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Finding 'Win' Factors for People with Serious Mental Illness in New York: a qualitative analysis of primary care provision in behavioral health settings

Authors:

Parashar Pravin Ramanuj ,

Royal National Orthopaedic Hospital, United Kingdom; Commonwealth Fund Harkness Fellow, United States of America, GB
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Rachel Talley,

New York State Psychiatric Institute; Columbia University in the City of New York, US
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Scarlett Wang,

Columbia University in the City of New York, US
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Joshua Breslau,

RAND Corporation, US
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Geraldine Strathdee,

University College London Partners, GB
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Harold Pincus

New York State Psychiatric Institute; Columbia University in the City of New York, US
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Abstract

Introduction: People with serious mental illness (SMI) like schizophrenia tend to be high-need high-cost patients. They use health care services disproportionately, often due to physical health conditions, but receive lower quality of care. A leading proposal to challenge this disparity is to integrate primary care services into specialist behavioral health systems. Yet the implementation of integration initiatives is not always realized, and after implementation, the benefits are not always sustained.

Theory: Focusing on integration of primary care services into behavioral health settings, this project analyzes the structural, process, cultural and external factors that help or hinder programs providing comprehensive care to people with SMI and how these factors interact.

Methods: This is a qualitative research study. Focusing on New York State we identified 11 sites of innovative mental health-primary care integration practice through federal registries. We conducted semi-structured interviews with 52 individuals (senior clinicians, administrators and frontline staff) at these sites on organizational, structural, integration and implementation factors. Qualitative thematic analysis identified common facilitators and barriers to integration. A causal loop diagram is being developed to explore interactions between themes.

Results and Discussions: Factors that helped integration divided into structural, process and cultural facilitators. A key structural facilitator was co-location of care; however, this did not always stimulate or motivate integration. Process factors such as multi-disciplinary practices, prescribed case conferences and informal huddles had to be in place to ensure effective cross-disciplinary communication.  An integrated health record was a key facilitator to care but used in different ways from simply a communication tool to a sophisticated outcomes monitoring database.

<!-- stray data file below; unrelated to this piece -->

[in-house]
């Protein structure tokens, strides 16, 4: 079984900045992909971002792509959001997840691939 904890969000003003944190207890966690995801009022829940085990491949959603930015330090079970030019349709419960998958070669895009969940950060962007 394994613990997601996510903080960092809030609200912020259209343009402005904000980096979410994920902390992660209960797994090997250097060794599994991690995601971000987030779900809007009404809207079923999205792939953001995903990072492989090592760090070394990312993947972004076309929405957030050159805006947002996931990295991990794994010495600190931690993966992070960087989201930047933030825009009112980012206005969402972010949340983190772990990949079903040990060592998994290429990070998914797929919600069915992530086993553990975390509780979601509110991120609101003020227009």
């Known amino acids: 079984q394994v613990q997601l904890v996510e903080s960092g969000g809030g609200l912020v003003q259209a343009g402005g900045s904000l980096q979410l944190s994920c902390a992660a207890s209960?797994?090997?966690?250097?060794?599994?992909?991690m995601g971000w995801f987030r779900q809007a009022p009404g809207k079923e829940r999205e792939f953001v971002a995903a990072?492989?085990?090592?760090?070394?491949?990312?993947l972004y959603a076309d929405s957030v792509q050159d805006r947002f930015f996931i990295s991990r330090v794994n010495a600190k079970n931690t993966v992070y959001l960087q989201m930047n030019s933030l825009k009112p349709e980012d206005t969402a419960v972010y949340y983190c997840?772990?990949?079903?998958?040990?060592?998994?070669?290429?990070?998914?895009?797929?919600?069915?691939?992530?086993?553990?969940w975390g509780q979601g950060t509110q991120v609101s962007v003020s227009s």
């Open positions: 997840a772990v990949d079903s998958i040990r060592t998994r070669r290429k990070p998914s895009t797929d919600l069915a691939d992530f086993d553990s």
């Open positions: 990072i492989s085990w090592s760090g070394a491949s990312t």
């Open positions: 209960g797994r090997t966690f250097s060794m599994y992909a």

Cultural factors such as having a vision for integration, disseminating this vision throughout the organization and making time and resources available were fundamental to successful implementation.

Barriers to integration broadly divided into clinical, organizational and external factors. Clinical barriers included difficulties in engaging patients and in recruiting clinicians. Organizational barriers included high administrative burden taking clinicians away from the frontline. External barriers such as fragmentation amongst regulatory authorities and short-term funding arrangements were most commonly reported and most difficult to resolve.

Conclusions: (1) In New York no integration sites are situated in rural areas and most were concentrated in New York City. Of these, most were located in socially deprived neighborhoods with high ethnic minority populations. (2) Primary care organizations had access to a range of different mechanisms and incentives to integrate care, but behavioral health organizations were limited to short-term grants. These were mainly used to increase capacity or buy time whilst providers developed more sustainable integration efforts.

Lessons Learned: Delineating the key components of mental health integration could help align funding and service delivery to overcome some of the sustainability and regulatory barriers to integration.

Limitations:  All the sites identified were situated in New York City limiting the generalizability of our findings outside large urban centres.

Suggestions for Future Research: Should we expect all practices to integrate mental health and physical care to the same degree, or should we focus/initiate integration strategies in well-resourced, well-networked centres?

How to Cite: Ramanuj PP, Talley R, Wang S, Breslau J, Strathdee G, Pincus H. Finding 'Win' Factors for People with Serious Mental Illness in New York: a qualitative analysis of primary care provision in behavioral health settings. International Journal of Integrated Care. 2017;17(5):A199. DOI: http://doi.org/10.5334/ijic.3507
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Published on 17 Oct 2017.

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